00:15:46 For whatever reason, Jenga picks Watchman, which is maintained by Facebook.
00:15:53 Watch God. That’s funny.
00:15:56 Good. Nice.
00:15:57 I kind of love the dumb jokes in programming. It’s good having a little bit of focus on Linters as well.
00:16:10 I’m actually surprised. I guess I’m curious about this because I’m surprised frequently entering and talking to different teams how many development teams don’t use any sort of lending as a standard role. I mean, there might be individual developers that use it, but a lot of people, like a lot of groups, don’t have a standardized way. Is that something common?
00:16:34 If you work as a consultant, coming into groups? Is that something you often have to teach people about?
00:16:42 Yeah, it varies. And teams might have tried setting up Linters and they’re like opt in. So if a developer wants to run them locally, but that’s not maintained on CI or something like that.
00:16:58 But twice, actually, in the past couple of months I’ve been looking at a new project. I’ve run Flake with the Flakate bugbear plugin, which is a fantastic one for picking up on extra common issues that tend to be like real sources of bugs. And I found the same bug.
00:17:16 Once you’ve found like a real bug that could affect production, then it’s normally taken as a strong argument, like, oh, we should have had this all along.
00:17:27 So how do you recommend people use things? Let’s just take that like Flake Aid and Flake a bug there. Should it be run locally or should it be run on the CI server or both?
00:17:40 Yes, both. And in your editor as well, if you can get that going, I like to use pre commit.
00:17:48 You’ve had Anthony on the podcast many times. Yeah, we commit made by Anthony Satill. And that’s a good tool for setting up all these hooks, running them when you run get commit or before if you run on the command line or through an editor and then also in CI, it even has a CI service.
00:18:10 I was actually slow to come around to enjoying Black, and I think I’m a convert now. Black is great, and I can’t remember who said it, but most people have. I think a lot of people have this experience with Black and that they may not agree with all the decisions, but they agree that it’s not productive to argue about this stuff anymore.
00:18:41 My particular one was whether or not the default should be single quotes or double quotes. And I had lots of arguments on my favorite I thought why single quotes should be better, but it’s not really a Hill I’m worth dying on. So I’ll let you go.
00:19:01 There’s a universal things that I’ve been focusing on because I’m not a Django developer.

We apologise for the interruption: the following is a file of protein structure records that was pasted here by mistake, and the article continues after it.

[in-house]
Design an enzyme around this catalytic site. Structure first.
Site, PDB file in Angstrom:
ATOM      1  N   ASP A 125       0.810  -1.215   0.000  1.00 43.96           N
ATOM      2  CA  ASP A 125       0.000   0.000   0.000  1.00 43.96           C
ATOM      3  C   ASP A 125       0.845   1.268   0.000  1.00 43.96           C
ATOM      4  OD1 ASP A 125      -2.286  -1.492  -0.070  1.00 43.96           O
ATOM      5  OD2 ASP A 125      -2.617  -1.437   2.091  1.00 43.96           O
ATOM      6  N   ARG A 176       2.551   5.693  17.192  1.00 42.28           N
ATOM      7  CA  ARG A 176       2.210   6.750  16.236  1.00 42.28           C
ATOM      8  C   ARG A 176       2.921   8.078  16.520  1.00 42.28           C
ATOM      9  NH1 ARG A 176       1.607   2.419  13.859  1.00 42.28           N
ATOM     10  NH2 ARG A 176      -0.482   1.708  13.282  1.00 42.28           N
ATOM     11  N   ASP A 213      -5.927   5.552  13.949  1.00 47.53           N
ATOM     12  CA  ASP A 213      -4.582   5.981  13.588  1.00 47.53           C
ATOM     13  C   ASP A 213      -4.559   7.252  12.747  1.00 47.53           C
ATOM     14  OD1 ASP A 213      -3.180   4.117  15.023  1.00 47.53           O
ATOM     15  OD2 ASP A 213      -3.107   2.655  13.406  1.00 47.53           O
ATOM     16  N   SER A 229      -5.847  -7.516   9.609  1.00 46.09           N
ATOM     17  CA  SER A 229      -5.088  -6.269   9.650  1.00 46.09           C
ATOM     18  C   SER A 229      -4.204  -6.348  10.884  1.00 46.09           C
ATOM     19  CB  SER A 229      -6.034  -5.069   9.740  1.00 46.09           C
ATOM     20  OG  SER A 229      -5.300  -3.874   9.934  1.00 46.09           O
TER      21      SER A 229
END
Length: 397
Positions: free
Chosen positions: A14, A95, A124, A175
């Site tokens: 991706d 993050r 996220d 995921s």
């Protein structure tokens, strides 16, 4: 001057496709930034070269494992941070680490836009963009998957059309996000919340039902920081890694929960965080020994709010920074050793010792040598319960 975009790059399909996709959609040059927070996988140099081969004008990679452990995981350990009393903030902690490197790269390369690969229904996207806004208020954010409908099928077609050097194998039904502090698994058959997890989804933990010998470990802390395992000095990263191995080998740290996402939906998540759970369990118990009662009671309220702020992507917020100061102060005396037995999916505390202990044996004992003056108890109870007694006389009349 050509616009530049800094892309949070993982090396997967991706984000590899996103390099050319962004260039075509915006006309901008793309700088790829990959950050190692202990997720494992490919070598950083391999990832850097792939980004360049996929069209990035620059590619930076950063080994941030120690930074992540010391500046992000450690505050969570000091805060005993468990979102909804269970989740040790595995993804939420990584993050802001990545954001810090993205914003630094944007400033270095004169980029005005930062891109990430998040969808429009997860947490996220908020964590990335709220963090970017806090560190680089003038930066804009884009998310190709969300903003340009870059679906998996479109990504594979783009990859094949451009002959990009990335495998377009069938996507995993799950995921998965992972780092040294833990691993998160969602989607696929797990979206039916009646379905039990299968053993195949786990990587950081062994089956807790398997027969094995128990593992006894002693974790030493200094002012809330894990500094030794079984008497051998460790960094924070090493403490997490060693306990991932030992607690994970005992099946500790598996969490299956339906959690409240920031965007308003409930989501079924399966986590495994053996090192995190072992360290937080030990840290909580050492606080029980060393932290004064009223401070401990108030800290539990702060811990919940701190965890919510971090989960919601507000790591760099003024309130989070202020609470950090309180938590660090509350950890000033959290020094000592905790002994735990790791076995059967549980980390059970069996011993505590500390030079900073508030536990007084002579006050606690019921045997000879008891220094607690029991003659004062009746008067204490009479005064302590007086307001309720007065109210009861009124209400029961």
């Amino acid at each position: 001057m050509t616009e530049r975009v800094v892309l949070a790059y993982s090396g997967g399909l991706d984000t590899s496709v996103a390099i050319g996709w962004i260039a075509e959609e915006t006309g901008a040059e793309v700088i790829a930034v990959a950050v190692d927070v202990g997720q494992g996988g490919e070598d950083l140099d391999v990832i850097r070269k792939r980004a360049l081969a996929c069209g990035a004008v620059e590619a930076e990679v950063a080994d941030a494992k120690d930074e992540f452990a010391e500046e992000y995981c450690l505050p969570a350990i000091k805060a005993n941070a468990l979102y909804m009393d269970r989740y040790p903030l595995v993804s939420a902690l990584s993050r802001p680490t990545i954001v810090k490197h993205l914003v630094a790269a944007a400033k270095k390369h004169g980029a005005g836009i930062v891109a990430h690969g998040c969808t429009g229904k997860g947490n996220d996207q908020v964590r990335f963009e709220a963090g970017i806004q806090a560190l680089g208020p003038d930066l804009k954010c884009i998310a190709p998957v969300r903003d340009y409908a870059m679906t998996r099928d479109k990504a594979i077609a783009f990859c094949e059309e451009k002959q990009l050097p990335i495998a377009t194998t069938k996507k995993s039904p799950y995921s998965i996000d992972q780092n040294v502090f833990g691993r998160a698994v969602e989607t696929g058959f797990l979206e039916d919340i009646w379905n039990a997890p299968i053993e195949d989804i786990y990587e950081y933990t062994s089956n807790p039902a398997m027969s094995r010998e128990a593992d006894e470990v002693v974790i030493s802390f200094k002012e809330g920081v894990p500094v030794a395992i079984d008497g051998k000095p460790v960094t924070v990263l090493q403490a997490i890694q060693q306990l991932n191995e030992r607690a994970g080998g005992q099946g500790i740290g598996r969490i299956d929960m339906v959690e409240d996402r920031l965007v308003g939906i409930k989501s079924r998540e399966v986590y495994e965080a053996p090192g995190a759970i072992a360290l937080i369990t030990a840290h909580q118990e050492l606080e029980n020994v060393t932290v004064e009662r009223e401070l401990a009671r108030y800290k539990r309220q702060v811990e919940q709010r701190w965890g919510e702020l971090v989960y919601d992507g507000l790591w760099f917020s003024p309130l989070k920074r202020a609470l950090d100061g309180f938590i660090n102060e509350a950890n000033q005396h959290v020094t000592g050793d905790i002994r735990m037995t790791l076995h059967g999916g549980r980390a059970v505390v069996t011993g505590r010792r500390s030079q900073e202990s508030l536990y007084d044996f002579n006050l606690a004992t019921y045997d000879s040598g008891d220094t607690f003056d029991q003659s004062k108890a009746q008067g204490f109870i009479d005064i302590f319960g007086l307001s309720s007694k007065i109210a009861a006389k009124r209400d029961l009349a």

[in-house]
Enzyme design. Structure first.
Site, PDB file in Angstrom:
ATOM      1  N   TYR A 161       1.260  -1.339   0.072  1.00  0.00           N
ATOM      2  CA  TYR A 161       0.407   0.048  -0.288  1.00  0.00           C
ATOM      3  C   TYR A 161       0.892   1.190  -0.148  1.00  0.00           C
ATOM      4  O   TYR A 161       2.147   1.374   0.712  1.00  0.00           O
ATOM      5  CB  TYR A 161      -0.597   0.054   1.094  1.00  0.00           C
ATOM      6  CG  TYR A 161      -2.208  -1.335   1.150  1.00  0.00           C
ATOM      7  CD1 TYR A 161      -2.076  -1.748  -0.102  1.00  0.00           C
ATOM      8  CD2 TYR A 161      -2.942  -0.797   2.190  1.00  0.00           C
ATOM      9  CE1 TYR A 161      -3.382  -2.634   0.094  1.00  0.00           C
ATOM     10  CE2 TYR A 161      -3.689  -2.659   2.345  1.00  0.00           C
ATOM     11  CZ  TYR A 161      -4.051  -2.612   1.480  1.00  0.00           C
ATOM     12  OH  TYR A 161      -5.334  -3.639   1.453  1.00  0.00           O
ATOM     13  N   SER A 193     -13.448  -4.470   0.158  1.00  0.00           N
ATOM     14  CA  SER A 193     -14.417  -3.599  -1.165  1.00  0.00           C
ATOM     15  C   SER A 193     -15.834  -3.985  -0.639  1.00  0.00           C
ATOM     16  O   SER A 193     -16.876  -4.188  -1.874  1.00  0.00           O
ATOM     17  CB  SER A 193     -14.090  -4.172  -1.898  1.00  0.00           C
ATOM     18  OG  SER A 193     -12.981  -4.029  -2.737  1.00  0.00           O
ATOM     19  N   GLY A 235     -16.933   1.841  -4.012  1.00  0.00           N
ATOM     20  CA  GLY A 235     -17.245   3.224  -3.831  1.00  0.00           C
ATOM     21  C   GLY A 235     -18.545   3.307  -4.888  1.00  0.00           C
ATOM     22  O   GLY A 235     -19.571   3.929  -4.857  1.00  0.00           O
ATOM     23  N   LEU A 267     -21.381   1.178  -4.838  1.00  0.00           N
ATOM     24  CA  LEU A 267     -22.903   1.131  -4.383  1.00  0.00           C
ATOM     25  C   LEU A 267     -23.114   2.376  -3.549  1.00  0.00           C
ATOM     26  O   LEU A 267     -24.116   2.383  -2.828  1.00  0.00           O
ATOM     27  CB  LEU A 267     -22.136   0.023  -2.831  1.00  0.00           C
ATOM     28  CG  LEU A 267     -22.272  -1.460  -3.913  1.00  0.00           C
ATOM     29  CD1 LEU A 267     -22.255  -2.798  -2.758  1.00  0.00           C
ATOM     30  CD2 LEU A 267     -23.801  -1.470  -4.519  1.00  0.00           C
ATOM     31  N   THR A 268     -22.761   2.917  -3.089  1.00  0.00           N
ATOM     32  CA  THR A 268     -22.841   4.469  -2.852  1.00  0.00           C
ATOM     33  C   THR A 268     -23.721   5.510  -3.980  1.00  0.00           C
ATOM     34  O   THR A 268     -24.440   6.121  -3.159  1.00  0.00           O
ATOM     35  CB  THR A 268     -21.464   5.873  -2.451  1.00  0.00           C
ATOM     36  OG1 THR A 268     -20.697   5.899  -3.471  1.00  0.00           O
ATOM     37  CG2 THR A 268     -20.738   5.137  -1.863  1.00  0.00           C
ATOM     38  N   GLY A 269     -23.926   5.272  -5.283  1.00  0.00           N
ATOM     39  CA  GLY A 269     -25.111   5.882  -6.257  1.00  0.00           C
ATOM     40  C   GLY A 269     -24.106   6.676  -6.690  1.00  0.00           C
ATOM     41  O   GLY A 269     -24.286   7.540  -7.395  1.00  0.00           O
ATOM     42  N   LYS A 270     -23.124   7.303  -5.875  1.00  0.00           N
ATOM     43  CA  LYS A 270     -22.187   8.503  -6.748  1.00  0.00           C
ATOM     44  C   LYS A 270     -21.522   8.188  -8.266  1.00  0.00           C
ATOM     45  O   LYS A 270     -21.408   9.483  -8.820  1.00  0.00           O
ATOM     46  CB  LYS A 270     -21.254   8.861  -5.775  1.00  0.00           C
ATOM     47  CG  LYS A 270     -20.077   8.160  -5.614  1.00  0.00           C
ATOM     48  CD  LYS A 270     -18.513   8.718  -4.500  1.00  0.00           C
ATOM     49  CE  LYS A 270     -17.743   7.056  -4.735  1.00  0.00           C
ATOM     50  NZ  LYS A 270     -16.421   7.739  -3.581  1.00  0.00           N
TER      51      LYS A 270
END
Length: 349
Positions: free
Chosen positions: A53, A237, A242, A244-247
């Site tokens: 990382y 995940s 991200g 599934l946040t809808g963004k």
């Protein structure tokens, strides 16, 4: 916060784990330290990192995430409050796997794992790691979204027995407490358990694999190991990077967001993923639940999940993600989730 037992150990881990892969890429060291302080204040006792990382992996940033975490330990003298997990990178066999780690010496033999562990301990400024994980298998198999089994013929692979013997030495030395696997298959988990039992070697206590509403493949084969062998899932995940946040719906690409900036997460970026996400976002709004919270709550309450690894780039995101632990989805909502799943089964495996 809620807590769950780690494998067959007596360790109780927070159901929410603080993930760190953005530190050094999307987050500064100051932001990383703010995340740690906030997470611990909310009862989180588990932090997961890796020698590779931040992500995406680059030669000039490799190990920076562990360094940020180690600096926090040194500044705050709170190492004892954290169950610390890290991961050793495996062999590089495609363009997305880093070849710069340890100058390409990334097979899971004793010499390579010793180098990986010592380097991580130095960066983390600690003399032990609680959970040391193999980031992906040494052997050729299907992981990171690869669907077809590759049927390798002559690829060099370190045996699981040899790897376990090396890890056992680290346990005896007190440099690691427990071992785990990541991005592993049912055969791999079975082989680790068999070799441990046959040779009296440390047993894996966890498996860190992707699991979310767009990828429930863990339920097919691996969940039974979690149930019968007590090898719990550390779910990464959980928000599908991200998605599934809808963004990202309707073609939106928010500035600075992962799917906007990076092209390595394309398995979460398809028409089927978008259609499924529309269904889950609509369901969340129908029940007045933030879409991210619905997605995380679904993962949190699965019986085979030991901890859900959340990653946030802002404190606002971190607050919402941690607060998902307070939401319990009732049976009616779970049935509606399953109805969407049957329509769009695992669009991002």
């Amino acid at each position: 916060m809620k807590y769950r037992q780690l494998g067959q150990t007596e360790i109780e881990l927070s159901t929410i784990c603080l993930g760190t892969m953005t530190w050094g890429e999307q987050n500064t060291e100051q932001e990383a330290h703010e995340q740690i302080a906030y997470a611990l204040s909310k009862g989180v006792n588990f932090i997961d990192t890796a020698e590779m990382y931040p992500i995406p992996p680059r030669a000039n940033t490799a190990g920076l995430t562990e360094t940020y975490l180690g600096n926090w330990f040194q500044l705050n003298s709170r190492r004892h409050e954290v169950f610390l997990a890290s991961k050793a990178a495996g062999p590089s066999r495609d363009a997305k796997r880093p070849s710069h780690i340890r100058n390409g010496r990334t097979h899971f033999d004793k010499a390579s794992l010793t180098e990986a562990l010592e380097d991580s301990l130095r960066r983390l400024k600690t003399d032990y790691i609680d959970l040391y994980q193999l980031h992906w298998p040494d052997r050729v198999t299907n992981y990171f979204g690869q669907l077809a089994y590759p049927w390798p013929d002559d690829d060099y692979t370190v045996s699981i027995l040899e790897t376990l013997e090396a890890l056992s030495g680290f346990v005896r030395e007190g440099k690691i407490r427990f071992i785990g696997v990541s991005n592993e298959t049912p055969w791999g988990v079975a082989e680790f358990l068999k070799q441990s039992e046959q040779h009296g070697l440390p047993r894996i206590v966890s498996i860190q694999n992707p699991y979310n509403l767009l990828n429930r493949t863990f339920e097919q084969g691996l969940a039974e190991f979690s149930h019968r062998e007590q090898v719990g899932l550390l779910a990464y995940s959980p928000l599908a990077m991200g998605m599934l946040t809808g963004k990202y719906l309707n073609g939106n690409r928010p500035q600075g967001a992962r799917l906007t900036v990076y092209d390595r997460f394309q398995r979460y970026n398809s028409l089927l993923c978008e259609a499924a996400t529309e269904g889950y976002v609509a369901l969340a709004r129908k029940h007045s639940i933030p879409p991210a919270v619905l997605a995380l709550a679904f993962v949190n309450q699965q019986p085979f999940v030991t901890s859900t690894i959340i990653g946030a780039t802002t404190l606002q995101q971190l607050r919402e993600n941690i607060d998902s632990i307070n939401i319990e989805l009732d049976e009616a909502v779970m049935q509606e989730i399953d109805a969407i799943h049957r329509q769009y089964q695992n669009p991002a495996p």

00:19:07 And we did talk about some of the Django server and some of the fun Django things like Django and I Python.
00:19:18 But you do cover a lot of Django specifics in here, I think.
00:19:24 Let’s pick one.
00:19:27 Settings. You have a chapter on settings. Is settings that big of a deal that I have to focus on that or what’s going on there?
00:19:35 Well, yeah, surprisingly, you think Django settings file is simply just a module with constant that you might pull from an environment variable. So it’s just some uppercase things like what is the settings for the database that you want to connect to?
00:19:55 But there’s actually a lot of small things that I guess there’s like a lot of tutorials that people copy them from or something like there’s the tiny anti patterns that add up to setting spires, becoming a bit of a mess or really problematic once you go down the road.
00:20:15 So I hope to provide a template that gives a lot of good guidance all in one place in a much more declarative format than the docs can give you.
00:20:27 Okay. I was glad that you this, and I was like thrilled to find out that actually most of the stuff that I’m learning from this book applies to all Python projects, not just Tango.
00:20:43 However, it’s pretty cool you wrote it, and I do notice it shows up a couple of times in here, which is cool.
00:20:52 I’m curious, and I think that’s completely nice and it’s completely valid to cover both, because I think a lot of people are still using the built in testing for Django is unit test based. Right.
00:21:09 But a lot of people are using Pytestjango, I think. Is that the plugin that most people are using, or is there some other way to run PITest and Django together?
00:21:18 I’ve seen simple projects just to roll their own. Like you just need a Pytest fixture to configure Django settings and run the database migrations. But yeah, most projects would need by test Django. I would guess that three quarters of projects, at least those that are being maintained over a year or with someone working full time on them, are using Pi Test at this point.